– Ability to get great value from Ultimate Rewards points. I have oodles of them, but I still want to get good value. With Hyatt, most top properties are 25K per night compared to (soon) 70K – 100k with Marriott or 95K with Hilton. Yes, 5 night awards make those numbers 20% cheaper, but only if each stay is exactly 5 nights.
– Ability to confirm suite upgrades at time of booking. When traveling with more than 2, this can make a huge difference in how many rooms we have to reserve. For example, at the Hyatt Grand Cypress near Orlando, a suite is basically two complete rooms with connecting doors. We can fit twice as many people into one booked room that way.
— Side note: Marriott is actually pretty strong in this regard: many hotels will let you book with points and pay a set fee per night to upgrade at the time of booking. I’ve taken advantage of this several times. You don’t need elite status to be able to do that though.
I’m cooling down my report a bit and the approach I am taking is to hit P2 harder and add/subtract myself as an AU to double hit minimum spends. Plus some biz cards of course.
United Passes are not longer a Hyatt Globalist Perk as of Dec. 31 2018.
I had scheduled this last night and remembered the United Pass thing last night as I was drifting off to sleep :). Anyway, I removed it from the list. Thanks!
Andaz Papagayo Costa Rica should be 15,000 points for a free night, not 25,000.
Correct! Thanks. Fixed.
A year flies by when you have business cards fun. Just a reminder being an AU on some cards will show up as new acct on your report, I know that you know that, and that calling Chase can override it as long as you are under 5/24 w/o AUs, just a friendly reminder.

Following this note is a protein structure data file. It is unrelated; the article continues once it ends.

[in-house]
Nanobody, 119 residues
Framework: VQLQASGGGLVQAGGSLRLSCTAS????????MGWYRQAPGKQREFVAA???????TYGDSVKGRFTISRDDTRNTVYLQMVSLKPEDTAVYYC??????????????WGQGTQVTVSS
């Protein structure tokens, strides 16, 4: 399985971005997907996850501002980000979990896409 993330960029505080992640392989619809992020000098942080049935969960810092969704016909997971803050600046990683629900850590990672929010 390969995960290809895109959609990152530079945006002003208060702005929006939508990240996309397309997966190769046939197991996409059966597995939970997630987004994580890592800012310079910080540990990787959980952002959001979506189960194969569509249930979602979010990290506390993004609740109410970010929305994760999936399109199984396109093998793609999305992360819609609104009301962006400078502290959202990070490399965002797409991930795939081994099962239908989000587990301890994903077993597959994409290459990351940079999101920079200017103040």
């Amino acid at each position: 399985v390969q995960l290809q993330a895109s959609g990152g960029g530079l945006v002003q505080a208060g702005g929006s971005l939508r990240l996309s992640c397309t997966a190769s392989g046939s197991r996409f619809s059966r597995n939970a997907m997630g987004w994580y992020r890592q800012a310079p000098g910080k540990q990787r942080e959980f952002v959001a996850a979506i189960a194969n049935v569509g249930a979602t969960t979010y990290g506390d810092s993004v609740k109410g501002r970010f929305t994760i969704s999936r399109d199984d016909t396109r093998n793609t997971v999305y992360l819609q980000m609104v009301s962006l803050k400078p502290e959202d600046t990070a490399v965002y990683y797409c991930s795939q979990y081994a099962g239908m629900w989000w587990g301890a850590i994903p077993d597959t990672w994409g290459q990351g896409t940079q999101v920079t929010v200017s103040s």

Yep, thanks for pointing that out. I’ve added a section about that to make it clear.
Good luck, hope it works for you! I find Hyatt’s footprint so limited, it definitely wouldn’t make sense for me. I don’t want to be choosing my travel destinations based on hyatt locations. To make matters worse, sometimes even when there is a Hyatt, it’s not as well located as the Hilton where I can buy diamond status with the Aspire. ( But I did enjoy my one year of the old hyatt Diamond with the status match a few years ago. ) And I’ll all about going for credit cards now as the rules tighten more and more. Who knows what restrictions are around the corner?
Thanks! It’s definitely true that Hyatt can’t be your only choice, but they often happen to have properties where I want to go. I always pick my destination first and then look for lodging options. And despite their smaller footprint, Hyatt is often one of the top options in the places that I’ve happened to go to or intend to return to (Paris, New York, Amsterdam, Kauai, Sydney, Costa Rica, …). To me, Hilton is an awesome backup chain since it takes zero effort to maintain meaningful status.
Re: “Who knows…” Yes I was going to add a section about how likely it is that plans will change as the credit card landscape changes (or Hyatt devalues, etc.), but I thought the post was getting too long at that point.
Yes…for me Hyatt is too limited in locations. However I have been doing less domestic travel lately…so do most large international cities have Hyatt’s? I’ll have to check. I do love their elite perks you mentioned…4 suite upgrades at checkin, no resort fees or parking charges! Wow! My friend who worked the front desk at Conrad Tokyo asked me what perks Diamonds received at say a Hampton Inn…I’m like well more points and a reserved parking forDiamonds sign near the front door. Kinda embarrassing actually. I’m closing in on lifetime status though 862/1000 nights. I’ll be locked in to that fabulous parking space real soon
Yes, most of the very large cities have Hyatts. Some cities are more Hyatt-full than others. For example, there quite a few Hyatt hotels in Manhattan.